And you haven`t heard this before. I`m going to warn you, LBJ has been known to use some colorful language, and he definitely does so here.


LYNDON JOHNSON, FORMER PRESIDENT: The thing I`m more frightened about than anything else in our government now is not whipping (ph) in Vietnam, right. It`s not -- it`s not the economic situation. It`s not our -- I`ve been strong militarily with McNamara. The thing I`m afraid of is these sons of bitches born from within.

We`ve just had hell and these college students, I`ve had Hoover in after them. And Ho Chi Minh sent a bunch of them over here a wire in April. Our folks came back home, and it was pretty much of affairs until they got into colleges. They got in colleges and they got the (INAUDIBLE) liberal groups and the preachers, and the preachers had been in all these.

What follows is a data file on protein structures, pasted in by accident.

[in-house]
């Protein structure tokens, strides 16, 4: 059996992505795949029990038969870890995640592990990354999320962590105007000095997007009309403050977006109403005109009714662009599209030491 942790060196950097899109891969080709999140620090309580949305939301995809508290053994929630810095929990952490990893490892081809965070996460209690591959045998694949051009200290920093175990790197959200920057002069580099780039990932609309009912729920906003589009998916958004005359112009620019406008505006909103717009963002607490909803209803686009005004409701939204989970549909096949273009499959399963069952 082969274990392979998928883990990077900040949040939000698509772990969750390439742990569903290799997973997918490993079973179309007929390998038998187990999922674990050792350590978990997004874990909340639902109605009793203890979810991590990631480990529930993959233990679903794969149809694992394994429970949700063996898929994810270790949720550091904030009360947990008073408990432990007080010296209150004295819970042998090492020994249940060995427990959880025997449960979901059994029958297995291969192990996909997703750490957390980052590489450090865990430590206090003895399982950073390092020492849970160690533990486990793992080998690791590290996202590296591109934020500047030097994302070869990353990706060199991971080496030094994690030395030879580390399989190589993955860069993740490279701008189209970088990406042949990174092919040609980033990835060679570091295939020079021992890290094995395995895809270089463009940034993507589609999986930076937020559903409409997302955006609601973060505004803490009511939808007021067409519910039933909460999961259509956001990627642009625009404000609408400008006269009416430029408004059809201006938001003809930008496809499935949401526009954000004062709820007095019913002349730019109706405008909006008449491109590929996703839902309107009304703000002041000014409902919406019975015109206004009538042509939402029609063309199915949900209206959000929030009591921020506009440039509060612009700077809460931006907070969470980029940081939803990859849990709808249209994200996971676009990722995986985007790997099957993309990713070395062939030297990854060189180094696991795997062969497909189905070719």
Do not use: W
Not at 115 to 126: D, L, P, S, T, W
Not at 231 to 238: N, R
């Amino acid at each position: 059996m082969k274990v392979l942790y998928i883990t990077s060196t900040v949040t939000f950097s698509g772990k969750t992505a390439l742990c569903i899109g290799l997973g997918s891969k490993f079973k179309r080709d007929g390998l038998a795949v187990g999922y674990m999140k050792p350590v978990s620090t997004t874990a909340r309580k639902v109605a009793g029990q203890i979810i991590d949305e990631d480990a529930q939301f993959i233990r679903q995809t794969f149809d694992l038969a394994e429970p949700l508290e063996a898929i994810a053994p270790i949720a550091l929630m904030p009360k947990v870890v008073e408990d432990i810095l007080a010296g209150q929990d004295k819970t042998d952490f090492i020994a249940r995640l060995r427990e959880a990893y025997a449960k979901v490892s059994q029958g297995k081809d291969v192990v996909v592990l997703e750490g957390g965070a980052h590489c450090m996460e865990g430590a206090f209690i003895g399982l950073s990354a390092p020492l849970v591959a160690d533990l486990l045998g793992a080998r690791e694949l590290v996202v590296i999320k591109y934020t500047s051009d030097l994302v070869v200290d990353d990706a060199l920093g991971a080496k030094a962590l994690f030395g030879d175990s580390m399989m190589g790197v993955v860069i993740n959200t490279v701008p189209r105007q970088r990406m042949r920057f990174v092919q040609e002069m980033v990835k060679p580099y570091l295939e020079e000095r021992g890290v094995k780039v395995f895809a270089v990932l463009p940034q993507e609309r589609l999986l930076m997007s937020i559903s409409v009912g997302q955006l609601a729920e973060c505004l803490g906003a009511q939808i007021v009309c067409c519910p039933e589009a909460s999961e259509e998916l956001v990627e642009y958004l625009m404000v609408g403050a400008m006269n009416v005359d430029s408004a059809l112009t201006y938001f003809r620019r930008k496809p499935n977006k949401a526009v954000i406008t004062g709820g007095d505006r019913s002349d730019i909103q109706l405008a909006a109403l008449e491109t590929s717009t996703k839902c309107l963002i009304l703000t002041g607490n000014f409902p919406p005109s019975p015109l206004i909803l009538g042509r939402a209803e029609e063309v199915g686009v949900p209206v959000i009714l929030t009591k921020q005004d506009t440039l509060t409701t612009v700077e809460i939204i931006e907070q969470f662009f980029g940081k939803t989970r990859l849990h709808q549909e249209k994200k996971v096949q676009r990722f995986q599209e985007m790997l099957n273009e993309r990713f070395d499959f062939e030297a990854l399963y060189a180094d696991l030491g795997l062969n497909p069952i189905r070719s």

They came, marched here, and we arrested 600 of them and we gave 29 of them pretty tough times. We found most of them really were mentally diseased. We talked too damn much about civil liberties and constitutional rights of the individual and not enough about the rights of the masses.

I think we`re in more danger from these left-wing influences now than we`ve ever been in 37 years I`ve been here. And they`re working in my party from within.


MADDOW: This sound NBC historian Michael Beschloss has just dug up from the Lyndon Johnson White House from phone calls that he made from the Oval Office, talking about the mental disease discovered among anti-war protesters that demonstrates a the time the Vietnam War was sort of dragging LBJ a little bit around the bend.